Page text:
Feds seize 'largest ever' haul of crypto-dosh from terrorists – including coins from 'fake' pandemic mask web store

Plus: Someone's gunning for Mac developers


In brief The US Department of Justice said a combined operation has led to its largest seizure of terrorist-owned cryptocurrency, taking around $2m (£1.5m) from Hamas’s military wing, al-Qaeda, and Islamic State of Iraq and the Levant (ISIS).

In addition to the seized accounts, prosecutors filed indictments against a pair of men based in Turkey who were said to be overseeing the fundraising online.

While most of the accounts were funded by straightforward donation pages, asking visitors to contribute to murderous causes, one of the sites run by the group was, according to the Feds, actually a fraud operation. Posing as a medical mask and PPE supplier, the site claimed it sold watchdog-approved face masks, of which it had "unlimited" quantities; prosecutors said it was a con. The operation converted its sales into crypto-coins that were sent to ISIS.

Uncle Sam said the seized coins will be sent to a fund established for the victims of terrorist attacks.

And here, we see the rare wild Mac zero-day exploit

The team at Trend Micro has spotted something you don't see every day: malware for macOS exploiting zero-days.

The two flaws, neither of which seem to have a CVE assignment yet, are not too serious. One allows for the theft of cookies, and the other is a cross-site scripting error present in the developer version of Safari. The attack, meanwhile, seems to be very specifically targeted: the malware looks to spread through Xcode projects and then executes the exploit code and installs payloads when a project is built.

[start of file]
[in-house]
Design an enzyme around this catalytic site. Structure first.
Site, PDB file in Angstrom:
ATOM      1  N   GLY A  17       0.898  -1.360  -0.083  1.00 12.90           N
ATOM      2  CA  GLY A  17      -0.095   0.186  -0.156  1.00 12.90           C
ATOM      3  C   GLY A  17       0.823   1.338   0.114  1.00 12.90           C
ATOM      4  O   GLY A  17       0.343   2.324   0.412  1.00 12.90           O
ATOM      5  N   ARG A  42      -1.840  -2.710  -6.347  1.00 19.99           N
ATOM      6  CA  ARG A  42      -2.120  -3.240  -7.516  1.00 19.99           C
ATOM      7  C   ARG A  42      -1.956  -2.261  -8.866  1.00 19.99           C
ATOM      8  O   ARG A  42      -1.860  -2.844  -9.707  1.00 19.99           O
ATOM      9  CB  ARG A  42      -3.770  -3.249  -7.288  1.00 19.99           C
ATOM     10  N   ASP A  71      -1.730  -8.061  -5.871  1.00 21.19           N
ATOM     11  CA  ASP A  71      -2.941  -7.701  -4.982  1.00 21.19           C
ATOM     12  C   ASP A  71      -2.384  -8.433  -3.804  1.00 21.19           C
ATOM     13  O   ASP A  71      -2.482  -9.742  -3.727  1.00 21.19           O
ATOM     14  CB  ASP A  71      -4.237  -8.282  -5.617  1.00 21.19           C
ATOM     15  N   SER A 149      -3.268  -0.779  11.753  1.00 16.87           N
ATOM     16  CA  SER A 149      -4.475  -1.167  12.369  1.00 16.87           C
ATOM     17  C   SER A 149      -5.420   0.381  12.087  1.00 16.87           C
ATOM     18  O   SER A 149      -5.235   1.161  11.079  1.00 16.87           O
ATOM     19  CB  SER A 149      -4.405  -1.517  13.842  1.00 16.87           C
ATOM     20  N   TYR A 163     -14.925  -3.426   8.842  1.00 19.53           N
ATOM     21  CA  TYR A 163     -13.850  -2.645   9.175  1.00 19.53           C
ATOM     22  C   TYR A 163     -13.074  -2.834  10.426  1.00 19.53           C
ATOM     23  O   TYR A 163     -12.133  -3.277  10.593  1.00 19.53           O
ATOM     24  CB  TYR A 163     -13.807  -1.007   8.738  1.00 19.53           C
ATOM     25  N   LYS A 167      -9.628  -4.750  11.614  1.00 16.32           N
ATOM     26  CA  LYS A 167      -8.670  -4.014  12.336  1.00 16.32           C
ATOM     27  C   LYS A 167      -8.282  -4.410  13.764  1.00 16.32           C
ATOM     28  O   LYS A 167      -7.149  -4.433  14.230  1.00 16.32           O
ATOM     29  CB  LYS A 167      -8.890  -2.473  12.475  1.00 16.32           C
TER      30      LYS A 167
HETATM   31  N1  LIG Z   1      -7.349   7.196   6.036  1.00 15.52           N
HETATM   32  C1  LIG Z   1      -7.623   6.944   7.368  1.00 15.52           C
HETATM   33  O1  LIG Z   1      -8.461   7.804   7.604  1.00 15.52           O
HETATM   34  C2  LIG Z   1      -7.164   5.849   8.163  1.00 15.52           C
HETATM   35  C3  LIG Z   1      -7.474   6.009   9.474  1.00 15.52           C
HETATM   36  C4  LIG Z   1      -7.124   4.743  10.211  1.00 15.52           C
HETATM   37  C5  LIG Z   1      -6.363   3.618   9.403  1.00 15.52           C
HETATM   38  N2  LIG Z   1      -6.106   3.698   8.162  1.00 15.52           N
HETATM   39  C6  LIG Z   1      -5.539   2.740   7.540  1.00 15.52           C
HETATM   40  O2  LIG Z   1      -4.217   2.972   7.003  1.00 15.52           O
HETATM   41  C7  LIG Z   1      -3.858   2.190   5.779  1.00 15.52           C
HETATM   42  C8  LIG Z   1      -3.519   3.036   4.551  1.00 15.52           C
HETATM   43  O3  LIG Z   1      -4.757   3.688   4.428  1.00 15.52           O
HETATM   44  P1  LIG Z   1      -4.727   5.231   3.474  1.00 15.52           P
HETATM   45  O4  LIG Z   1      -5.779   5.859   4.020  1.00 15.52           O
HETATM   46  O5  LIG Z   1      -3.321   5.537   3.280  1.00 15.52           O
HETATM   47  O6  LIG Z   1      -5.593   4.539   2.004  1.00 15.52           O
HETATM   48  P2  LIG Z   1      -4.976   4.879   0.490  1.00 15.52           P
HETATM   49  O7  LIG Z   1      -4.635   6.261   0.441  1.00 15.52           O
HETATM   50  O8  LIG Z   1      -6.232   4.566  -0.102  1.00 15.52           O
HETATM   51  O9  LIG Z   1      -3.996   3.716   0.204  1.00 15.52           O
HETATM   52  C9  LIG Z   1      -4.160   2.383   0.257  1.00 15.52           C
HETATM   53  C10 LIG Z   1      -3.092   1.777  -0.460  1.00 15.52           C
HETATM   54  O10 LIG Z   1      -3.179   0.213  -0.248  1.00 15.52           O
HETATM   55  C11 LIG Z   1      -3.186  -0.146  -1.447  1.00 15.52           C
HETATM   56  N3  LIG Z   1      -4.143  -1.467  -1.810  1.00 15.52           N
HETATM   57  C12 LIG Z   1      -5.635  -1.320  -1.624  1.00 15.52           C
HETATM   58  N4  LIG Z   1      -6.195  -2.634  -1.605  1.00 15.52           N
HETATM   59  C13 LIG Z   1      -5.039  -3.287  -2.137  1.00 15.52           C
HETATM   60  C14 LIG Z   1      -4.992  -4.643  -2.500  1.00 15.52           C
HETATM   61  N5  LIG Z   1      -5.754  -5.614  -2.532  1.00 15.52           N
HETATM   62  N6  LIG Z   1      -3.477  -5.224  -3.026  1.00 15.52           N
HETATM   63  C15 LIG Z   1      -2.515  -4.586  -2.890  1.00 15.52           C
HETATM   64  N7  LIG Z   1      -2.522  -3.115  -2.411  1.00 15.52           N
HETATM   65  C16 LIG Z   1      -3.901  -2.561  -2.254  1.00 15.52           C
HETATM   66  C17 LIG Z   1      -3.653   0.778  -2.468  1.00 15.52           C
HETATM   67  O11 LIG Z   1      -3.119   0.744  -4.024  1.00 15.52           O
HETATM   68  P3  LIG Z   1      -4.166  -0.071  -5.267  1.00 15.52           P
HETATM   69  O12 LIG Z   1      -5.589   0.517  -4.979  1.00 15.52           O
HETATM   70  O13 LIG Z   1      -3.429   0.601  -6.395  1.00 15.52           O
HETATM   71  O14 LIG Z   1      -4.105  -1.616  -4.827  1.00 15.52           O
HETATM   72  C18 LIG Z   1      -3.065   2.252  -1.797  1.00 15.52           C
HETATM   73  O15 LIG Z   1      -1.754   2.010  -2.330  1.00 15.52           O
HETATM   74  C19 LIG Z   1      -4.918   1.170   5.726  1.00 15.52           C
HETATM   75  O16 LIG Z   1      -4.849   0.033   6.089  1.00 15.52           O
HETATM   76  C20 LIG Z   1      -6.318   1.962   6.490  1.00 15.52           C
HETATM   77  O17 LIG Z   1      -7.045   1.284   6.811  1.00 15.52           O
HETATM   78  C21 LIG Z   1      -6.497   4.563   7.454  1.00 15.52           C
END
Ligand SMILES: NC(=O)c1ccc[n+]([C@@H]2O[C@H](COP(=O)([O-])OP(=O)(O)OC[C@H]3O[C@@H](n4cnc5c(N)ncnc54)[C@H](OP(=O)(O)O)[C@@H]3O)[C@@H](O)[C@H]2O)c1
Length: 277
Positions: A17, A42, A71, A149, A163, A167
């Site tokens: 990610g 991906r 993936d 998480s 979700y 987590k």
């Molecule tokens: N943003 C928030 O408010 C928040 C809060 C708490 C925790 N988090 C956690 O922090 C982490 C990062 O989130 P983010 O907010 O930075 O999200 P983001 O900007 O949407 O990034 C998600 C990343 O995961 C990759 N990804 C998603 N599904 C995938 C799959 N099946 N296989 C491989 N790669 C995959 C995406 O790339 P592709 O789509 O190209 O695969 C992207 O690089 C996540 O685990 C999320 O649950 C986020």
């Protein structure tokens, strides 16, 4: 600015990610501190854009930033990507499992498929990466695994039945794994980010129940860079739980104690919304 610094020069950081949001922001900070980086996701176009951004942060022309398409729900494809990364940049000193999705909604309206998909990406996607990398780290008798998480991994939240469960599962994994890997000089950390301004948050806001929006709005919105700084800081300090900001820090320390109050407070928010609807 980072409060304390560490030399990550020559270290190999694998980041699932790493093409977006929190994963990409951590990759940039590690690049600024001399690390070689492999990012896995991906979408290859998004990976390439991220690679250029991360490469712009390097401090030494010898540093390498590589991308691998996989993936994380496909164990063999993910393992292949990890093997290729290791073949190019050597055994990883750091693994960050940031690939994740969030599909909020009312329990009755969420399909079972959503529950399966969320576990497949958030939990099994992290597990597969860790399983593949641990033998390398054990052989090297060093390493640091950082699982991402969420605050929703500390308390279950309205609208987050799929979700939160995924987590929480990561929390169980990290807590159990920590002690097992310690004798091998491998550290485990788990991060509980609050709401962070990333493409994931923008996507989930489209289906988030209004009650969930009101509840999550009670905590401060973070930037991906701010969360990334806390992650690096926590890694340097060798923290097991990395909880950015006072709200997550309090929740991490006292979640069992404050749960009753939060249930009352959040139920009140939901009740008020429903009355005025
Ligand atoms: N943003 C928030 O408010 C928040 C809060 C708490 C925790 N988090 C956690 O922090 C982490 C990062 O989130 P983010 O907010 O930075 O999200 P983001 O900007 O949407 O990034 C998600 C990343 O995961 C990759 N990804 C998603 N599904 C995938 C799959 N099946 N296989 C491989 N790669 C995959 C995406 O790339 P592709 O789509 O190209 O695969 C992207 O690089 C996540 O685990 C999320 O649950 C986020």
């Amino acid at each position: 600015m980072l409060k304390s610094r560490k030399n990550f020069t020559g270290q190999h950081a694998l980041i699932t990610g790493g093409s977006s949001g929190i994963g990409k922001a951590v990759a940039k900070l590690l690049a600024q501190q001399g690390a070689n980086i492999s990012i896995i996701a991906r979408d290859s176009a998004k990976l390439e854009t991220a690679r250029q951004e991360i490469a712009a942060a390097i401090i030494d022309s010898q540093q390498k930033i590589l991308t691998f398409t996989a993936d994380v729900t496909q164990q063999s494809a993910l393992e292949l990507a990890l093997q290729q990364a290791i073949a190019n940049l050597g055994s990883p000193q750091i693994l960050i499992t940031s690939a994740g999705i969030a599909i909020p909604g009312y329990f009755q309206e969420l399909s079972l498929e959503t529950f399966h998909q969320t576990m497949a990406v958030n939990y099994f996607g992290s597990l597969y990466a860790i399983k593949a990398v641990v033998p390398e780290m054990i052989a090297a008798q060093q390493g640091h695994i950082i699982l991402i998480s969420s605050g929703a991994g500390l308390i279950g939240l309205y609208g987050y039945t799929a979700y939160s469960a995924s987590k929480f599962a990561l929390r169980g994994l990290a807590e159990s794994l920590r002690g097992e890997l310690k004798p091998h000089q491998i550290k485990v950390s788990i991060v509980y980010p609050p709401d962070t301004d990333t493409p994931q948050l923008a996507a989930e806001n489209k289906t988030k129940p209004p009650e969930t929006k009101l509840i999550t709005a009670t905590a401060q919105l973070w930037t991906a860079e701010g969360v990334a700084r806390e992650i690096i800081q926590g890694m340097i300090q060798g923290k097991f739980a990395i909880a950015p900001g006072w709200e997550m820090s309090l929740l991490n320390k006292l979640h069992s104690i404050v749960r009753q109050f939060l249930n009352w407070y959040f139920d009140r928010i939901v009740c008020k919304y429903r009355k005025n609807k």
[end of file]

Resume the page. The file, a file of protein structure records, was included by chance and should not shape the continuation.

It's pretty clear that miscreants are going after developers, though the Trend team can't really say who exactly was in the cross-hairs here, or why.

Alexa, can you get me completely pwned?

The team at CheckPoint said it uncovered a flaw in Amazon's Alexa that cold have been abused to take over victims' home assistant.

"Our findings show that certain Amazon/Alexa subdomains were vulnerable to Cross-Origin Resource Sharing (CORS) misconfiguration and Cross Site Scripting," explained Checkpoint. "Using the XSS we were able to get the CSRF token and perform actions on the victim’s behalf."

The hole could have been exploited to install skills on the Alexa and harvest the device's user information and voice command history. Amazon patched the issue after a tip off from CheckPoint in June.

Struts 2 bugs catch the eye of CISA

The US Cybersecurity and Infrastructure Security Agency has issued an alert over a pair of potentially serious bugs in older versions of Apache Struts.

The cybersecurity watchdog said the flaws, CVE-2019-0230 and CVE-2019-0233, could allow an attacker to either crash a server or gain remote code execution. Versions 2.0.0 through 2.5.20 are vulnerable.

Fortunately, there is a fairly easy way to protect against attacks. Updating to version 2.5.22 or higher, released last year, will patch both of the vulnerabilities. Apache has more info here.

North Korea's Lazarus Group turns to espionage

It seems the infamous Lazarus crew is expanding its horizons. The North Korean hacking outfit has now been found to be conducting espionage operations on behalf of Pyongyang. Previously, the group was almost exclusively focused on financial crimes.

Security firm ClearSky said Lazarus has been specifically targeting government and defense contractors. "This campaign has been active since the beginning of the year and it succeeded, in our assessment, to infect several dozens of companies and organizations in Israel and globally," said ClearSky. ®

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